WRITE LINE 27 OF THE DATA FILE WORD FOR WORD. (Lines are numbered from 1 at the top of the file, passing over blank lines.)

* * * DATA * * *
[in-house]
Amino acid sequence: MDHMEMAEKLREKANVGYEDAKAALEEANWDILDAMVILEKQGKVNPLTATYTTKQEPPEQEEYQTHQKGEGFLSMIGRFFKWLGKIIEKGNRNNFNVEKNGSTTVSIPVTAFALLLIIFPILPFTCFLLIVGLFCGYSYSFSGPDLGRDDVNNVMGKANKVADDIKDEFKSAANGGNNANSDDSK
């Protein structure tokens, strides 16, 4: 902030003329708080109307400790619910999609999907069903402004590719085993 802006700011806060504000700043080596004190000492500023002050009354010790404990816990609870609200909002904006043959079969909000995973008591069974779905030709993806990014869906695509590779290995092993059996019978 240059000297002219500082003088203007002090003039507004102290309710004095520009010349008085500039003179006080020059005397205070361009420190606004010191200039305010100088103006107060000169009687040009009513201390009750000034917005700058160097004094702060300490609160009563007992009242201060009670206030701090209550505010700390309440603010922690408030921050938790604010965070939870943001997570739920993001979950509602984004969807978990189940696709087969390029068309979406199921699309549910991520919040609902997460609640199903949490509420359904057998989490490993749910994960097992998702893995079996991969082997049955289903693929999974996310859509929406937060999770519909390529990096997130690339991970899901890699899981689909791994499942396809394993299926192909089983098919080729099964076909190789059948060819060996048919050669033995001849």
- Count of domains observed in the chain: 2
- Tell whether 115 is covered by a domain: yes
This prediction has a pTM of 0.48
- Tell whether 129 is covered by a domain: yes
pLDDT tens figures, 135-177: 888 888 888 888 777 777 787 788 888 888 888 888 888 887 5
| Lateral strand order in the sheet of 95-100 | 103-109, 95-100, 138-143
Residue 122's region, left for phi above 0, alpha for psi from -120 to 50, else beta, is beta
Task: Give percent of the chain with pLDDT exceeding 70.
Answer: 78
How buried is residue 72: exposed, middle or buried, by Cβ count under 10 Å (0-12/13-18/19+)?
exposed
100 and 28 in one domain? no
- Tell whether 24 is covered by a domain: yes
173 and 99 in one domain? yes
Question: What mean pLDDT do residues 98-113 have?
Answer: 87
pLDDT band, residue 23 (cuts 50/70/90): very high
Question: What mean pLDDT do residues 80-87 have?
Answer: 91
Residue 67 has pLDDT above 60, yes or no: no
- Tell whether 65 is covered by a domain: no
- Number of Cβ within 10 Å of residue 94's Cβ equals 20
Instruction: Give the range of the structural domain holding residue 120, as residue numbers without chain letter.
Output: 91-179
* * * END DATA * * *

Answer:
Output: 91-179